NBA Draft Day is a little like a late-night trip to the drive-thru. Everyone piles in famished and filled with expectations. When the food comes, one person gets everything they wanted, one steals another’s best item, a third settles for whatever’s leftover, and one gets left holding a sweaty bag filled with soggy napkins, spilled ranch, and three fries at the bottom. 

Knicks NBA Draft
Nobody botches draft day like the Knicks (Image: AP)

As we await the first-ever COVID-era NBA draft to set take place at 7 pm ET. tonight on ESPN, let’s take a look back at three franchises who always seem to be left holding the bag. 

In reverse order, they are: 

#3: Golden State Warriors

Joe Smith
In 1995 the Warriors drafted NBA journeyman Joe Smith No. 1 overall, ushering in more than two decades of futility (Image: AP)

The Warriors’ recent dynastic run and the selections of franchise cornerstones Steph Curry, Klay Thompson, and Draymond Green in consecutive drafts papered over decades of bad decision making on Draft Day. But for long-suffering fans of the once-moribund franchise, Draft Day has always held a special kind of sting.

It started in Red Auerbach’s deal with Golden State in 1980 at the twilight of his career. Auerbach traded the Celtics’ first and 13th overall selections to the Golden State Warriors for the third overall selection and Robert Parish.

With the third pick, he took Kevin McHale. And overnight, Auerbach created the core for the Celtics’ eighties dynasty. The Warriors landed Joe Barry Carroll with the first selection and Rickey Brown with the 13th. Carroll had a decent 10-year NBA career, seven of those with the Warriors. Ricky Brown was never heard from again.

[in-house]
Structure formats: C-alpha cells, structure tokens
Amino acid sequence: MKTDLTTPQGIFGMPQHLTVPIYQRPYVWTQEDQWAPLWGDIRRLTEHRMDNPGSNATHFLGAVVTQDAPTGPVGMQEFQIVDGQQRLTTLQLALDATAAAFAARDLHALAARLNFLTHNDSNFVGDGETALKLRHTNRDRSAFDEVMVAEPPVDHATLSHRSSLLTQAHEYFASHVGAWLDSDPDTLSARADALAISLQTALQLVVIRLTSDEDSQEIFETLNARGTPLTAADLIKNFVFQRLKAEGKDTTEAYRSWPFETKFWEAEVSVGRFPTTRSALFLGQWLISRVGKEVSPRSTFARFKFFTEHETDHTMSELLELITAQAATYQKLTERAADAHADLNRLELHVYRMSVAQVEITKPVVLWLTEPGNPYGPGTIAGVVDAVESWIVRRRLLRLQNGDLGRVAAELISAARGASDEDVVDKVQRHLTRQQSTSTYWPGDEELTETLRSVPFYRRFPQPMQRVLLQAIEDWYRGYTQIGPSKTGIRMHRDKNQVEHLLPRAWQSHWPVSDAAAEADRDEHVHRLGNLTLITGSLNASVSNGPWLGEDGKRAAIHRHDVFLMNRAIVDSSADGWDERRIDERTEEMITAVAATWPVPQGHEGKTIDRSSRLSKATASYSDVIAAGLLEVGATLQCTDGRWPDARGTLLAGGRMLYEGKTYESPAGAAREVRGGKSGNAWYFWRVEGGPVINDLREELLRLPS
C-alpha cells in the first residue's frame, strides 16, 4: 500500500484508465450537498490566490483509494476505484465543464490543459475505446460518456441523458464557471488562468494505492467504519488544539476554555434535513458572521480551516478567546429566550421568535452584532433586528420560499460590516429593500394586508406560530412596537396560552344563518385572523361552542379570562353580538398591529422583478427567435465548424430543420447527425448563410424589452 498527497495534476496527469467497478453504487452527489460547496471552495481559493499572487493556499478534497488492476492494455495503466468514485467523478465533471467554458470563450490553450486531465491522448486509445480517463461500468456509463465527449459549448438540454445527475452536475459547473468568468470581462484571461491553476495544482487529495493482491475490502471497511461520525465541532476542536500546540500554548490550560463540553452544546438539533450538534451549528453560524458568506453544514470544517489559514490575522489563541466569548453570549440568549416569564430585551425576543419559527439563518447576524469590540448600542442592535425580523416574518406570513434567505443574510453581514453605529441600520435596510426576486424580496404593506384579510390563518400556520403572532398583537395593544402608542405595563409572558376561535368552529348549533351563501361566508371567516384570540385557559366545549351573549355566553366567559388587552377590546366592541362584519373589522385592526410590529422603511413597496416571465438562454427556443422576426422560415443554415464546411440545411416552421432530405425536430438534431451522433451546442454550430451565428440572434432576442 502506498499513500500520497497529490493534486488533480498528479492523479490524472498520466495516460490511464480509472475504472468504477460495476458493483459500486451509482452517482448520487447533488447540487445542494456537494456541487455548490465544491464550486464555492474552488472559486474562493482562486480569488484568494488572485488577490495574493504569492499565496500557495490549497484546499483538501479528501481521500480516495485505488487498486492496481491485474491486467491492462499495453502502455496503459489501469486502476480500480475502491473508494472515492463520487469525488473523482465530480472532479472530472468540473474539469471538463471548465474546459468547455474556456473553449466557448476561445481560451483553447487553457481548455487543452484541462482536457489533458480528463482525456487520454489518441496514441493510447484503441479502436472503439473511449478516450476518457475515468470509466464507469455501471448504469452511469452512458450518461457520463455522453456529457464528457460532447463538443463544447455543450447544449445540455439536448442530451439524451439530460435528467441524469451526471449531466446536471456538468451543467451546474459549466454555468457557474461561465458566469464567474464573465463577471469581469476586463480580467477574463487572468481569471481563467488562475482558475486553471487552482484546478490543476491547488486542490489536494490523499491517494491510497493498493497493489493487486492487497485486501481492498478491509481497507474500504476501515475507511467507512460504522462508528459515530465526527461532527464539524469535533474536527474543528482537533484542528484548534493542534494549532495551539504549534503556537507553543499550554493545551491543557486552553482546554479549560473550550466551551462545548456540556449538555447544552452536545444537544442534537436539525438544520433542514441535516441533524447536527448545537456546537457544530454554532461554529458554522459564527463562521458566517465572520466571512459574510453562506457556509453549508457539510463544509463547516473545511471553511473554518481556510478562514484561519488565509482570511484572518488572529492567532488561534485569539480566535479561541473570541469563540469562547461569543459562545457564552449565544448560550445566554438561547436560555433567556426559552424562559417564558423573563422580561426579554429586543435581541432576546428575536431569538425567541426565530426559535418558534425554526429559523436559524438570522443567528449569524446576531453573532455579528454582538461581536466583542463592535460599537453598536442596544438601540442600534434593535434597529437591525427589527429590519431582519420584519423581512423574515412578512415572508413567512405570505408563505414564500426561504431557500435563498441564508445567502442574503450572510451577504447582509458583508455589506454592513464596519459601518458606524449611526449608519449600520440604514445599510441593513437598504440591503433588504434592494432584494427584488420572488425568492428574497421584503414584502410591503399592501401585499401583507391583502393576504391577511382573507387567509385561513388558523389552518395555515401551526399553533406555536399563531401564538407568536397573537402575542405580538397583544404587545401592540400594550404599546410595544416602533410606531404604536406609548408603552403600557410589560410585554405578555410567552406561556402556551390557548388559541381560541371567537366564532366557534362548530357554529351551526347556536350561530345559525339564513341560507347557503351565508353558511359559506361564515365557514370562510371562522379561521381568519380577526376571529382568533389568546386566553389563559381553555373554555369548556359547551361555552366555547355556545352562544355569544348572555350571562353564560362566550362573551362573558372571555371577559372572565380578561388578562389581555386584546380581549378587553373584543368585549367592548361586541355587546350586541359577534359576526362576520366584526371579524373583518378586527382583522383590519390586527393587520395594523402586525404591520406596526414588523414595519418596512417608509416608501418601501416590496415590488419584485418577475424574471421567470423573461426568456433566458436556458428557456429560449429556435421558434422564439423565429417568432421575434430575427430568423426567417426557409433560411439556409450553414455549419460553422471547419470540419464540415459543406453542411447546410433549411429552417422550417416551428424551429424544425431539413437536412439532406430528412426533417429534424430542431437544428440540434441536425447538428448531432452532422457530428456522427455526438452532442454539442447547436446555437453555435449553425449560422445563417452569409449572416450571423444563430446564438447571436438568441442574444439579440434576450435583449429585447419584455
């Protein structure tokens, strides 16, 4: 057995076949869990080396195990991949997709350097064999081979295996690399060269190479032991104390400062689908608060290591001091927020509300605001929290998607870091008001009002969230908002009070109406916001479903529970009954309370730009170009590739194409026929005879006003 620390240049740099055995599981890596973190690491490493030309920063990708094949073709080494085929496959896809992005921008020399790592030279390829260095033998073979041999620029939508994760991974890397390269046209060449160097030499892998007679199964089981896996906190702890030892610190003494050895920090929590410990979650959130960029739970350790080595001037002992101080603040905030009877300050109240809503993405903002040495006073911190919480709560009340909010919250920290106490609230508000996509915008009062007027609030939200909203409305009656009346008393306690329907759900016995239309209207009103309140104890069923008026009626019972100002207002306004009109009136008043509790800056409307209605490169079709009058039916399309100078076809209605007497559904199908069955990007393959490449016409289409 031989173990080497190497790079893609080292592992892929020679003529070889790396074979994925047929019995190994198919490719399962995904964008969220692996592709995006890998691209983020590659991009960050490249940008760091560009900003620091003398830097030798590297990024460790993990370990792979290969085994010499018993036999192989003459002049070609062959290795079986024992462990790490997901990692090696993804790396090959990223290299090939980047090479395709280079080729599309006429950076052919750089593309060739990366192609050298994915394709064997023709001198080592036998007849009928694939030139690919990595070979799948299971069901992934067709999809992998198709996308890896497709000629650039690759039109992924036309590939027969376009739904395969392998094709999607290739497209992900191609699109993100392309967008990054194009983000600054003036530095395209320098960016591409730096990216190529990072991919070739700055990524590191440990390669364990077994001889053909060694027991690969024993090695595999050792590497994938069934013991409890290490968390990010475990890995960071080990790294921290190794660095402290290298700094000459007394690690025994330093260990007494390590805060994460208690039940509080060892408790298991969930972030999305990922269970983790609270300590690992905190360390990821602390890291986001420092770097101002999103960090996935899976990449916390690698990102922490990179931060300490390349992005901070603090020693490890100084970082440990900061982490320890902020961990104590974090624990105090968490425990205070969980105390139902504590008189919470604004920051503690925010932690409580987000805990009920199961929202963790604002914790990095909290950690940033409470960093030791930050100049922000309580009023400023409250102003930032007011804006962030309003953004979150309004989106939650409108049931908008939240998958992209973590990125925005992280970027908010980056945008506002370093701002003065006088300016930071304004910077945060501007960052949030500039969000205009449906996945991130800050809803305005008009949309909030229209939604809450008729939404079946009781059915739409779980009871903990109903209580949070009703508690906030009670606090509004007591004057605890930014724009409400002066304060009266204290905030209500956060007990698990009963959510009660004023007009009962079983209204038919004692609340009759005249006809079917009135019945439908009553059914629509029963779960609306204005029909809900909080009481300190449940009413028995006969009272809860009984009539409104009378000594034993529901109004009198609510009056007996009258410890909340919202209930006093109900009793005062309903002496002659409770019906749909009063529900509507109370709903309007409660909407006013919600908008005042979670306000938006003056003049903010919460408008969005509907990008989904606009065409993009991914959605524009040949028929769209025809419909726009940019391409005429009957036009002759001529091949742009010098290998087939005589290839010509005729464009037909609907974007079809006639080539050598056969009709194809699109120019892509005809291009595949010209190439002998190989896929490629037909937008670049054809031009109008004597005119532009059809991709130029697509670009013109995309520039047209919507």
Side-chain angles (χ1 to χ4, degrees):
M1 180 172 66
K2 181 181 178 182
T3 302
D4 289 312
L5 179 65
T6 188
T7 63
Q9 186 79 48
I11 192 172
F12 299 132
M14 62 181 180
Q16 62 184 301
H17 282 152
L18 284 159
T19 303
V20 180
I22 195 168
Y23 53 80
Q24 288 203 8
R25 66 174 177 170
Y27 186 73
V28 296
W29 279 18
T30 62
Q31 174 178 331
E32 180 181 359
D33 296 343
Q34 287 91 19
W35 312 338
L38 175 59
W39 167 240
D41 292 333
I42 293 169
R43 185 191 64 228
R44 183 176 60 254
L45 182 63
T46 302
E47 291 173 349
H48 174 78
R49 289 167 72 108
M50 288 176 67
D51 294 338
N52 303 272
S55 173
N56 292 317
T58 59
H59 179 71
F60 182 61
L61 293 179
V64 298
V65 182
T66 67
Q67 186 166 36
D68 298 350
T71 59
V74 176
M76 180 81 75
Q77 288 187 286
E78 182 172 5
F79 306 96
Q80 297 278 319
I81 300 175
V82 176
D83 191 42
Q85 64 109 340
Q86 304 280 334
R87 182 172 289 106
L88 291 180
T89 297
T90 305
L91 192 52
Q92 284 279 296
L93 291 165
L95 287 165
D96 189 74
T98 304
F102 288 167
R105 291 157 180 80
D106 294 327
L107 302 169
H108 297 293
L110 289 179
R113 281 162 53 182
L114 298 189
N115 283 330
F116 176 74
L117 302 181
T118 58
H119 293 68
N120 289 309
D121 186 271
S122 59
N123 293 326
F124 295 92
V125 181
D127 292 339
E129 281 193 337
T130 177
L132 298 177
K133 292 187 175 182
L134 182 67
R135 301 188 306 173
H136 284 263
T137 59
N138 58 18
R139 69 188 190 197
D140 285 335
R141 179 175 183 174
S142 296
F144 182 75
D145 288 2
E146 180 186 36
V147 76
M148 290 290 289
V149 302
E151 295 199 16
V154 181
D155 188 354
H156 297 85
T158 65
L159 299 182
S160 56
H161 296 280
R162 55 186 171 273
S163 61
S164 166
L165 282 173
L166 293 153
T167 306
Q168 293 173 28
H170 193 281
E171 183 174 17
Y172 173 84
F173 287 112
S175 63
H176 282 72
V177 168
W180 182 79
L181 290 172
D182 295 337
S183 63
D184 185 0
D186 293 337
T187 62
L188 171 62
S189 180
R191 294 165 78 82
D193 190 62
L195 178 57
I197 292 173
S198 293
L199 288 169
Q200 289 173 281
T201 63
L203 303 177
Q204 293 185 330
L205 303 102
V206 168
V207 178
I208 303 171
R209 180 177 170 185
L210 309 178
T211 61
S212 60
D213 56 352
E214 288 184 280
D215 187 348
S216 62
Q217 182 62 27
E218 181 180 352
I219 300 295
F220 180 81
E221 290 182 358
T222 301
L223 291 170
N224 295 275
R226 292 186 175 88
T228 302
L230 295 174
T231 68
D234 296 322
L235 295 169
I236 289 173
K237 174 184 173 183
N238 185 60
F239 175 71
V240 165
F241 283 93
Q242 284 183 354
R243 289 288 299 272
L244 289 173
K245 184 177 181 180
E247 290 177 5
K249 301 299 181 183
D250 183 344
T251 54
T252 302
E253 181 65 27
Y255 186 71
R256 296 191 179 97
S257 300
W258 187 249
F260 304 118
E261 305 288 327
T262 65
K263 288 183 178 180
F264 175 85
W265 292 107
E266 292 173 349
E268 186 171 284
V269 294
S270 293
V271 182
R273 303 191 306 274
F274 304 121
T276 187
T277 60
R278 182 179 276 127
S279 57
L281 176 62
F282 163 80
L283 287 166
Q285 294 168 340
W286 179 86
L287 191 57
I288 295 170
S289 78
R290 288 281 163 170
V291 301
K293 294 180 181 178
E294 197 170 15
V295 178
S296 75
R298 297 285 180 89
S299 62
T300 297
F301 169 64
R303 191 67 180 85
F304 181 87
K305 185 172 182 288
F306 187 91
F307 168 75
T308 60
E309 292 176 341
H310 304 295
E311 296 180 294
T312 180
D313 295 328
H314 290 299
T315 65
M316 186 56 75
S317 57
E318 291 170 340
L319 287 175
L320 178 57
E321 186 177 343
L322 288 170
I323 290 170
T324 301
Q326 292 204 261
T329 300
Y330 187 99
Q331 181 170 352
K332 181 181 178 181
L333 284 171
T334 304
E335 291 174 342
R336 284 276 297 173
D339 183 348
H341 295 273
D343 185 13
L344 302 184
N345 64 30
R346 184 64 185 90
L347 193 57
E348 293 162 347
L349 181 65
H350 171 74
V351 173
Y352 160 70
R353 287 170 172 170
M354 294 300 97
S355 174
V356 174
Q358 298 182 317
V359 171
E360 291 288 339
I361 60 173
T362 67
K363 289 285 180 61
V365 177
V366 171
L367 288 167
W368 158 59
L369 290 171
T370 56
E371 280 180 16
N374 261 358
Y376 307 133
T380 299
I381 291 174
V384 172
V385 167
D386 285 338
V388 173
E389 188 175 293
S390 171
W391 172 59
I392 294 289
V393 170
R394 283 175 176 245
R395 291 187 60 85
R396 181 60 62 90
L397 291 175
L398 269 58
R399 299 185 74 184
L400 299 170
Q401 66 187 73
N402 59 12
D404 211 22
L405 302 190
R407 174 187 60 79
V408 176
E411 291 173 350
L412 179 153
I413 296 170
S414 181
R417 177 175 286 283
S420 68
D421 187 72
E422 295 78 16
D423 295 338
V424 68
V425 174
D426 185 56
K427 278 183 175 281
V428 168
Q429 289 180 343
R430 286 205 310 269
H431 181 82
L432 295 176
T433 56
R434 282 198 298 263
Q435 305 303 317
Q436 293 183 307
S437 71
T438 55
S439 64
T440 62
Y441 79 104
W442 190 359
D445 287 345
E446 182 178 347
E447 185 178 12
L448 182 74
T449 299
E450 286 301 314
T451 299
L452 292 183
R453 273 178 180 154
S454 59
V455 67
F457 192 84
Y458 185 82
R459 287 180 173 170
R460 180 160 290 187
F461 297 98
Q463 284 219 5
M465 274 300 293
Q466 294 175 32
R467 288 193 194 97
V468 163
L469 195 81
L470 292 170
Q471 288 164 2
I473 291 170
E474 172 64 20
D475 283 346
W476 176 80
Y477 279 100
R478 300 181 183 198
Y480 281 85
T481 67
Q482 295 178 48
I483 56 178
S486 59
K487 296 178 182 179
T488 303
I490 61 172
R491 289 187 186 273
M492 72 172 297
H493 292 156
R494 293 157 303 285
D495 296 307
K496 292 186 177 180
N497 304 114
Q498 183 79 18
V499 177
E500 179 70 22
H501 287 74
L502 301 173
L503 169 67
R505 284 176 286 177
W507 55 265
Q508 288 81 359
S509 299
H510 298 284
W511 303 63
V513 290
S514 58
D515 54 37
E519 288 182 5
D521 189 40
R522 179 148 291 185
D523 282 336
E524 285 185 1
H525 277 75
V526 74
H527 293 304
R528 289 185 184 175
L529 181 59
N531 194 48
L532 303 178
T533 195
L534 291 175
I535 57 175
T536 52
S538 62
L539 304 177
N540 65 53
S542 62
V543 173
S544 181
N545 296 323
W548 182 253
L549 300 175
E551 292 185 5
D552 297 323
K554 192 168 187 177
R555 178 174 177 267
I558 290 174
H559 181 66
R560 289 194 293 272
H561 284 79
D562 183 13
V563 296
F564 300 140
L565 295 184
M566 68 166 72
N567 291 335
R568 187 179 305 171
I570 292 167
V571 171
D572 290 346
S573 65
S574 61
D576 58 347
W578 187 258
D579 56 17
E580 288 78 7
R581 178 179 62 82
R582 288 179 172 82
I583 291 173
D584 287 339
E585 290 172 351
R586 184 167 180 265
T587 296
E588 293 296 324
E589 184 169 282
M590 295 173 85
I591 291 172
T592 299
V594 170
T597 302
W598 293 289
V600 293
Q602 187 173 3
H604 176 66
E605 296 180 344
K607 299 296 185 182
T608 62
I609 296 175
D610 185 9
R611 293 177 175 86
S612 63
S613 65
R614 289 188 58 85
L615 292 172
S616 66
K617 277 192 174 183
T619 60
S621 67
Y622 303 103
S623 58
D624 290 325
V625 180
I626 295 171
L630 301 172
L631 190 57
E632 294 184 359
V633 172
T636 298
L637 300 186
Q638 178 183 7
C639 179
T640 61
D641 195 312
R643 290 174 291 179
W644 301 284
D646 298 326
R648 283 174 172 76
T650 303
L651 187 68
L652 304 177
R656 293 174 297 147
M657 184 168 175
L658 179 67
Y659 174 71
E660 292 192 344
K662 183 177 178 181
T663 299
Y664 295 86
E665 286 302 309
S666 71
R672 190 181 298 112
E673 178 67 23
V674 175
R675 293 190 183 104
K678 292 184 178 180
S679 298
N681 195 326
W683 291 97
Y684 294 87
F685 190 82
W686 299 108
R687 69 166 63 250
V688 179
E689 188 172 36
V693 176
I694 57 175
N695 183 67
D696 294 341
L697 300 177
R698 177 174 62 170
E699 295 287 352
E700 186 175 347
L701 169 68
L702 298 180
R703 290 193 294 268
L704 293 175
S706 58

In the two decades that followed, the Warriors used Draft Day to confirm to the NBA’s most loyal fanbase that the Auerbach trade was no fluke. The missteps are too numerous to count, but some highlights (or lowlights) include: 

  • Kevin Pritchard: Selected in 34th overall in 1990, the point guard started only one game with the Warriors. His 96-game career netted an average of 3.6 points and one rebound per game. 
  • Steve Logan and Shaun Vandavier: Who? Exactly. In 2002, Logan was taken 30th overall and never set foot on an NBA court. Vandiver was taken no. 25 overall and also never saw action during a regular-season game. 
  • Ike Diogu: The number-nine overall selection in 2005 was purported to be the nucleus of yet another Warriors rebuild. Instead, the lottery pick bounced around to four teams in as many years. Diogu injured his knee in 2009 and ended his career after appearing in two games for San Antonio two seasons later.
  • Joe Smith: The No. 1 overall pick in 1995 ended up having a 15-year NBA career and played for a dozen teams. He underperformed for the Warriors for his first two seasons and was wearing a Raptors jersey by 1997. Smith is notable for being chosen ahead of Jerry Stackhouse (3), Rasheed Wallace (4), Kevin Garnett (5), and Damon Stoudamire (7).
  • Todd Fuller: The No. 11 pick in the 1996 draft will always be known among Warriors faithful as the guy selected two spots ahead of Kobe Bryant.  

#2: Phoenix Suns 

Josh Jackson
The Phoenix Suns’ Josh Jackson got an infant high, but not a whole lot else during his tenure in Phoenix. (Image: AP)

The Suns had the No. 21 pick in the 2006 NBA draft and selected Kentucky point guard Rajon Rondo. They then traded Rondo to Boston for cash and a 2007 first-round pick. That pick got traded to Portland for more money. Rondo was a central figure in the Celtics’ 2008 championship run. And despite recent signs of life, the Suns have had arguably the most Draft Day missteps this century. Their most notable gaffes include: 

  • Dragan Bender: The 4th overall pick in 2016 was Phoenix’s first of two lottery picks that season. He is now with the Milwaukee Bucks G-League. 
  • Marquese Chriss: The second of Phoenix’s 2016 picks, Chriss was drafted 8th overall and left Phoenix after two disappointing seasons. He averaged 8.5 points and 4.8 rebounds. Both Bender and Chriss were selected over All-Stars Domantas Sabonis and Pascal Siakam.